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Interoperability - Bonus or Necessity?

Wednesday, October 8th 2003
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Summary:

“The events of 9/11 and global issues such as tracking diseases, environmental concerns, and natural disasters have heightened awareness of the need to share data
across departments and organizations.At times, data sharing can even mean the difference between life and death.” Preetha Pulusani, President of Intergraph Mapping and Geospatial Solutions gives her take on the reason why interoperability means more than just sharing data.

Where were you when the recent blackout in the northeast hit? Were you trapped in an elevator that was going nowhere? Or sitting in an airport listening to the announcement that all planes had been grounded? Maybe you were just trying to get home in the dark.If you were not one of the thousands of people whose lives were interrupted by this single event, you may consider yourself fortunate indeed.

The Open GIS Consortium (OGC) has been pushing standards and interoperability to the geospatial community and IT industry for more than nine years.Many in the industry may be thinking, "This would be nice, but is it really necessary? We've gotten along fine without it until now." Events such as the widespread power blackout, local disasters, or certain routine problems clarify the necessity of interoperability. It has become a priority, not just something that would be convenient.

The events of 9/11 and global issues such as tracking diseases, environmental concerns, and natural disasters have heightened awareness of the need to share data across departments and organizations.At times, data sharing can even mean the difference between life and death.The conveniences we enjoy every day also require interoperability.What if tires were made by only one vendor and fit only one type of car? And life would be much more difficult if you couldn't plug your toaster and your coffeemaker into the same outlet.

During a crisis is not the time to discover that data is unusable because it is in the wrong format, or it can't be accessed with the software on hand.This possibility accents the need for standards and the increasingly important role they can play in our industry today.

OGC has led the development and implementation of OpenGIS Specifications that enable interoperable geoprocessing services, data, and applications.Interoperability and standards-based development are gaining recognition as key components to sharing information between the desktop and the Web, the desktop and the field, and organizations and industries.

Web services have grown in popularity and can be instrumental in moving the industry forward in easy data sharing.The Web Map Server (WMS), a way of communicating raster maps on the Web, is an OpenGIS specification adopted by OGC members and released to the public.Because the map is returned as a raster image, the only software necessary on the client side is the basic Web browser.WMS is only one of the many specifications from OGC that lay the groundwork for the geospatial industry to provide information to users when they need it.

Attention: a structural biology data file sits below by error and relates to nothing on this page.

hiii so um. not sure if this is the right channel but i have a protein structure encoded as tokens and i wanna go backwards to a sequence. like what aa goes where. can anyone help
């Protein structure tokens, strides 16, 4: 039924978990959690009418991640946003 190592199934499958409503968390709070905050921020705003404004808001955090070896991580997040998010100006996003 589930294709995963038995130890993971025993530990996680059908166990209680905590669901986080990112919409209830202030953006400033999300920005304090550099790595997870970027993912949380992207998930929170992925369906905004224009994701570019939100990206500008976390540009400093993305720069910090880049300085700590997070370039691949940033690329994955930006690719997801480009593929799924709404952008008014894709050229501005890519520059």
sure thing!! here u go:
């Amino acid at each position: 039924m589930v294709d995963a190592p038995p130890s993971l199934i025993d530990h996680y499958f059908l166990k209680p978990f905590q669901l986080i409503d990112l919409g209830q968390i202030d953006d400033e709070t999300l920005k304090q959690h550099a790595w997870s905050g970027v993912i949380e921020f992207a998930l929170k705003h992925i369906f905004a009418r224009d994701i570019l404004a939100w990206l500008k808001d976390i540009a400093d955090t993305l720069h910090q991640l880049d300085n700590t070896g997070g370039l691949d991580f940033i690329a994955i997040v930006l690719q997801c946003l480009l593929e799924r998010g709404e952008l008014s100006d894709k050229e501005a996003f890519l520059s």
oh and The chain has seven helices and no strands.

The need to control the spread of diseases, such as Severe Acute Respiratory Syndrome (SARS) and West Nile Virus, is another reason for open standards and easy data sharing.These worldwide epidemics have increased the urgency to link health issues and geodata.There is a need to identify specific areas in which the disease is concentrated, where the first cases were detected, and how many cases have been diagnosed.This type of shared information plays an important role in containing the epidemic and saving lives.China is only one of several countries using geospatial Web technology to profile diseases and assist in critical decisions that have a local and a global impact.

Susan Kalweit, Chief, Interagency Geospatial Preparedness Team emphasizes the necessity of interoperability and shared data in a recent article published in Directions Magazine.She states, "And where we stand right now in terms of that geospatial information, is that although there is a lot of geospatial information resident in our government, it's not all interoperable; it's not all shareable.And that is just unacceptable when you really have to be prepared...you have to be able to plan evacuation routes, such as where are the roads; and it's not just a question of 'where are the major roads' and 'how are you going to get in or out,' but where the population center is...and oh by the way, you don't want to move people into the hazard."

Of course a crisis or an epidemic are not the only reminders of the need for standards and interoperability.Virtually every aspect of daily living, such as environmental issues, utilities and transportation asset management, and many more everyday activities, require improvement of the way information is accessed.Interoperability is the key to developing such improvements, and industry organizations such as OGC are critical to the evolution of how we integrate geospatial information into our everyday lives.

The world is demanding reliable, accurate, accessible, and standardized data at its fingertips - whether it is for critical decision making or day-to-day management.The geospatial industry still faces many challenges to make this need a reality.We must demonstrate with powerful and collective action - from both the vendor and user community - that we can meet those challenges.


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